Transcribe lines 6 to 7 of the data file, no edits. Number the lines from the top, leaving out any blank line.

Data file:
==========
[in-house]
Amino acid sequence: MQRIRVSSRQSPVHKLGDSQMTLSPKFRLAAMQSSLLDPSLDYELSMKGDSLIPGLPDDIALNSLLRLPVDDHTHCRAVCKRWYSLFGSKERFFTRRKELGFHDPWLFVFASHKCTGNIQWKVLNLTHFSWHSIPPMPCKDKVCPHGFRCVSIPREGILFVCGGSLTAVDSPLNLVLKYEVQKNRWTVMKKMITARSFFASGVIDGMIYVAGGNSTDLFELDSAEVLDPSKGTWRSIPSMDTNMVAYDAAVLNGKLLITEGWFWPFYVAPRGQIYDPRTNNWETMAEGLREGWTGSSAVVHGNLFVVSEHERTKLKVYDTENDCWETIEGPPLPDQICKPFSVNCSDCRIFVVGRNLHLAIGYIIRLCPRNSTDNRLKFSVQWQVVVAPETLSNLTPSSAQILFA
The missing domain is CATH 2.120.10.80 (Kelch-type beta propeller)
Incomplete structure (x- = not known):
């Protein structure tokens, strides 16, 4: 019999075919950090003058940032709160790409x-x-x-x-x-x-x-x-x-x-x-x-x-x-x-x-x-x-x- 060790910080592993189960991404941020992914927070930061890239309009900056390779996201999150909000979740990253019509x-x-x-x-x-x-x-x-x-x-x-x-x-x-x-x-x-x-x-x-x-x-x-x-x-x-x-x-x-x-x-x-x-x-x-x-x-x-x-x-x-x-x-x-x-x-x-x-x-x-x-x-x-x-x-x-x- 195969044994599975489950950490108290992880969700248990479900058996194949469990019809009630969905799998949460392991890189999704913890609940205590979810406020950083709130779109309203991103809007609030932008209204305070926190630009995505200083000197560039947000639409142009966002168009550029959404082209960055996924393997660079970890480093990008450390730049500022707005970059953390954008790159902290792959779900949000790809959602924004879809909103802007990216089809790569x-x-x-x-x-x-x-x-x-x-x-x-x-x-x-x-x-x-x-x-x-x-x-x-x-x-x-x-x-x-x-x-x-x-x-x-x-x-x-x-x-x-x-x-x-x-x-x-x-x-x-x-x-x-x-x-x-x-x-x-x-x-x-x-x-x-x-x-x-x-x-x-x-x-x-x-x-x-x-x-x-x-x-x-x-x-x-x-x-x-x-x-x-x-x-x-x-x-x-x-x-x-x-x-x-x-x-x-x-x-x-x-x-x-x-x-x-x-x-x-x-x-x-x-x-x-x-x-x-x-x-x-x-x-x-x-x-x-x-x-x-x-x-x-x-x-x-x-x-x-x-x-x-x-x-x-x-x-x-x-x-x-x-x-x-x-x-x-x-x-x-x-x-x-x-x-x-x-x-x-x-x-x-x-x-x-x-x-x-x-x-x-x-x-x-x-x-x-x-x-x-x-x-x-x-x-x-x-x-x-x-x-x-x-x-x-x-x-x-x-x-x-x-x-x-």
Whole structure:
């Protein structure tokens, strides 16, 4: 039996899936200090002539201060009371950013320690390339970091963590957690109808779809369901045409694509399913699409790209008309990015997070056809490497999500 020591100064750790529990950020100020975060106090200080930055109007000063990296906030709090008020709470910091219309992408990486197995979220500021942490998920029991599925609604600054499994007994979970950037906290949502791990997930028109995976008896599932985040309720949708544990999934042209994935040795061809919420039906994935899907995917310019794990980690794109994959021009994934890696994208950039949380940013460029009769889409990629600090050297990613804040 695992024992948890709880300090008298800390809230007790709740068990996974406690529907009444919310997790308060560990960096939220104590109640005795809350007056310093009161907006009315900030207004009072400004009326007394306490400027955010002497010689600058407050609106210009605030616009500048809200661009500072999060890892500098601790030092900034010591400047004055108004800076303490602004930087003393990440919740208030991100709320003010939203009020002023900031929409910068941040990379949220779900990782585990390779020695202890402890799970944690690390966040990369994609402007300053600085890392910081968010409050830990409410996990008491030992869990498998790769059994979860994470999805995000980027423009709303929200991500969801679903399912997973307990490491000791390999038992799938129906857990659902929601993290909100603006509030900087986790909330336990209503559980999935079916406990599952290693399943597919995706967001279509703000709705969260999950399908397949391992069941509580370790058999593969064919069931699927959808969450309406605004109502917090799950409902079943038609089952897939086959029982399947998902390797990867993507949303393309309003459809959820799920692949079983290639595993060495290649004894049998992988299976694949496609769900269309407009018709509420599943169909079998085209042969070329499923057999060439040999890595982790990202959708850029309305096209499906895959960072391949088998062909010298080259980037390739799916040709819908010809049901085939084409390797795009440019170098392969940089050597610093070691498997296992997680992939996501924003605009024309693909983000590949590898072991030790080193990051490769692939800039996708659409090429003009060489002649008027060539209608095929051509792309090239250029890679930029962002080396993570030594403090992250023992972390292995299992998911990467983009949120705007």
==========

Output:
Whole structure:
């Protein structure tokens, strides 16, 4: 039996899936200090002539201060009371950013320690390339970091963590957690109808779809369901045409694509399913699409790209008309990015997070056809490497999500 020591100064750790529990950020100020975060106090200080930055109007000063990296906030709090008020709470910091219309992408990486197995979220500021942490998920029991599925609604600054499994007994979970950037906290949502791990997930028109995976008896599932985040309720949708544990999934042209994935040795061809919420039906994935899907995917310019794990980690794109994959021009994934890696994208950039949380940013460029009769889409990629600090050297990613804040 695992024992948890709880300090008298800390809230007790709740068990996974406690529907009444919310997790308060560990960096939220104590109640005795809350007056310093009161907006009315900030207004009072400004009326007394306490400027955010002497010689600058407050609106210009605030616009500048809200661009500072999060890892500098601790030092900034010591400047004055108004800076303490602004930087003393990440919740208030991100709320003010939203009020002023900031929409910068941040990379949220779900990782585990390779020695202890402890799970944690690390966040990369994609402007300053600085890392910081968010409050830990409410996990008491030992869990498998790769059994979860994470999805995000980027423009709303929200991500969801679903399912997973307990490491000791390999038992799938129906857990659902929601993290909100603006509030900087986790909330336990209503559980999935079916406990599952290693399943597919995706967001279509703000709705969260999950399908397949391992069941509580370790058999593969064919069931699927959808969450309406605004109502917090799950409902079943038609089952897939086959029982399947998902390797990867993507949303393309309003459809959820799920692949079983290639595993060495290649004894049998992988299976694949496609769900269309407009018709509420599943169909079998085209042969070329499923057999060439040999890595982790990202959708850029309305096209499906895959960072391949088998062909010298080259980037390739799916040709819908010809049901085939084409390797795009440019170098392969940089050597610093070691498997296992997680992939996501924003605009024309693909983000590949590898072991030790080193990051490769692939800039996708659409090429003009060489002649008027060539209608095929051509792309090239250029890679930029962002080396993570030594403090992250023992972390292995299992998911990467983009949120705007």